MOI Digital is the online home of ‘A Publishing and
Communications History of the Ministry of Information, 1939-45’, a major Arts
and Humanities Research Council funded project being undertaken by the
Institute of English Studies in collaboration with the Department of Digital
Humanities at King’s College London.
The Ministry of Information (MOI) was established by the British government at the outbreak of the Second World War. It was responsible for issuing ‘National Propaganda’ at home and abroad, as well as controlling news and information deemed to be of military value. Using all available modes of communication, the MOI issued pamphlets and posters to local authorities, issued guidance to the press, published books and illustrated magazines, curated exhibitions, produced films, organised radio broadcasts, undertook pioneering social surveys and even used the RAF to drop printed material over hostile territories. This was government communication on unprecedented scale.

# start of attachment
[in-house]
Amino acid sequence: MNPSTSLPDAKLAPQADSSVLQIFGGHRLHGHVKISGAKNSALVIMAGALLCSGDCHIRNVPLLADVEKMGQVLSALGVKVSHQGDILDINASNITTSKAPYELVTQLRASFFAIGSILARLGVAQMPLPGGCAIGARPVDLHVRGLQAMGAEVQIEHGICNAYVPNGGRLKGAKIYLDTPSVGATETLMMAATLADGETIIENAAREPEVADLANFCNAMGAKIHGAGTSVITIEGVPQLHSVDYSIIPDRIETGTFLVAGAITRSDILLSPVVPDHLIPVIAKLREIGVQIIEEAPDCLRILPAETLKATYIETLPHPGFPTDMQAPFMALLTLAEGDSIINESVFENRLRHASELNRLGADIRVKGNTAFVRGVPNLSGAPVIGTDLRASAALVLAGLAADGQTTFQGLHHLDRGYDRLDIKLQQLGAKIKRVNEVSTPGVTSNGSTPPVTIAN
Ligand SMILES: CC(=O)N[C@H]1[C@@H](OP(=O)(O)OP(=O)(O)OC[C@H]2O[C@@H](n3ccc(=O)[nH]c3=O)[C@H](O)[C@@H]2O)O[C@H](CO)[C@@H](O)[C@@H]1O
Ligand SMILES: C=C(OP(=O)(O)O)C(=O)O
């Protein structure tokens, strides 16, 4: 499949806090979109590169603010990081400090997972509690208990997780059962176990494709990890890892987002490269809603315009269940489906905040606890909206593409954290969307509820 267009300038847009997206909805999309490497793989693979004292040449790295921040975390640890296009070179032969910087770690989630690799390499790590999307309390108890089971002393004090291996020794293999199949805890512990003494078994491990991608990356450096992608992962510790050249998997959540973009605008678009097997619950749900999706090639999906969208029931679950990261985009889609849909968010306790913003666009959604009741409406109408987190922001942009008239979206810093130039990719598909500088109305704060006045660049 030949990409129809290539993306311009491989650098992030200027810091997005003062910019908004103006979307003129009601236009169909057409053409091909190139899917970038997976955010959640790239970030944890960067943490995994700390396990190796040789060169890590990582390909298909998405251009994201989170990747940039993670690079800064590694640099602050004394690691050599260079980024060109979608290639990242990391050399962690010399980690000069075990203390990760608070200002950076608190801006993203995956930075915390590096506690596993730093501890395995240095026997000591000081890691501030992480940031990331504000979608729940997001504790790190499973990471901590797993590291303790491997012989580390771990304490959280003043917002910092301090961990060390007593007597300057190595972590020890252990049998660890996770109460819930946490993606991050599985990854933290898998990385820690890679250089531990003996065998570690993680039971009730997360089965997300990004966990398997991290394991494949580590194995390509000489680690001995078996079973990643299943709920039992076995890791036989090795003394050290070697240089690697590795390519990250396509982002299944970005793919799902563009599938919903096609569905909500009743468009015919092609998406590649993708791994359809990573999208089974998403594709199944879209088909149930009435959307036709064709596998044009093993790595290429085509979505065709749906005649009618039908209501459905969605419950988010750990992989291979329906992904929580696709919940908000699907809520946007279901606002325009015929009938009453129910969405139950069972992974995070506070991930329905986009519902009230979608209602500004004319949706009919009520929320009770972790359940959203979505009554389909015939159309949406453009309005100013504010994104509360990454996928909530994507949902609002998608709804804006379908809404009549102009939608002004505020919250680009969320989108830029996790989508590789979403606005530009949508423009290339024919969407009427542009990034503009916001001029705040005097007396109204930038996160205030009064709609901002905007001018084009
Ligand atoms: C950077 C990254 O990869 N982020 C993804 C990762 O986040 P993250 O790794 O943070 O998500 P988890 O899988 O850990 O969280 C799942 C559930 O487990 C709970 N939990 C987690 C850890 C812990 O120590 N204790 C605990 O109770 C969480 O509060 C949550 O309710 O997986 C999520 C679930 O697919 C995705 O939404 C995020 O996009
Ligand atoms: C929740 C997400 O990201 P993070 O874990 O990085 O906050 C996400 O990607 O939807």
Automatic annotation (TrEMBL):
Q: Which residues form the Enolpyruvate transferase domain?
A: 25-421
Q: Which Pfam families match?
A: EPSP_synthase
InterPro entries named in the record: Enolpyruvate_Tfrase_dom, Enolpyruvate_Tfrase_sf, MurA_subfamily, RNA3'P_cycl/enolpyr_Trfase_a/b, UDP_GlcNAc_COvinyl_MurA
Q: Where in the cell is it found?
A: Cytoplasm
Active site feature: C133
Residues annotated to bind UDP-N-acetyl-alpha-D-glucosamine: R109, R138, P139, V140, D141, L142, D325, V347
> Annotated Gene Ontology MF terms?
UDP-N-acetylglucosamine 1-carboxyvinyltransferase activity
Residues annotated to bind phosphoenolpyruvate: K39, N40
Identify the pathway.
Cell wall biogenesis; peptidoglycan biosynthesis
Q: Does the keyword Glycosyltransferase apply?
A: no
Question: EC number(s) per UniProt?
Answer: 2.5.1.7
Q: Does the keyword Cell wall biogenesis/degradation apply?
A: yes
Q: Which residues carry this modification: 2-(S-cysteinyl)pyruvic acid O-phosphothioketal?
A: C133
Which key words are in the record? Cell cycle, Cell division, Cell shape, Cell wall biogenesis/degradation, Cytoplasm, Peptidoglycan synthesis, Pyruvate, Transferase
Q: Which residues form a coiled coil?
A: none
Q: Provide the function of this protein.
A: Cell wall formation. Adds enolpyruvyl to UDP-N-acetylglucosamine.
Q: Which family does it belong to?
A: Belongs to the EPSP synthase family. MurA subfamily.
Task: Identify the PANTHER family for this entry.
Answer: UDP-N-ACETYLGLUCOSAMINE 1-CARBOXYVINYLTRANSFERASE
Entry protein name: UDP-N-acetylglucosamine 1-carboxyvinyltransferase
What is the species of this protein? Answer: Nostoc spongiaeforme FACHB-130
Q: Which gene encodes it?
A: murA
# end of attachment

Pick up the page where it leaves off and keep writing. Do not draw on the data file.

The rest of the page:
Our project explores the ways in which the MOI approached its task. It is interested in the ministry’s relationship with the public, the physical form of its messages and the material mode of their transmission. This website hosts findings from our research and a regularly updated blog.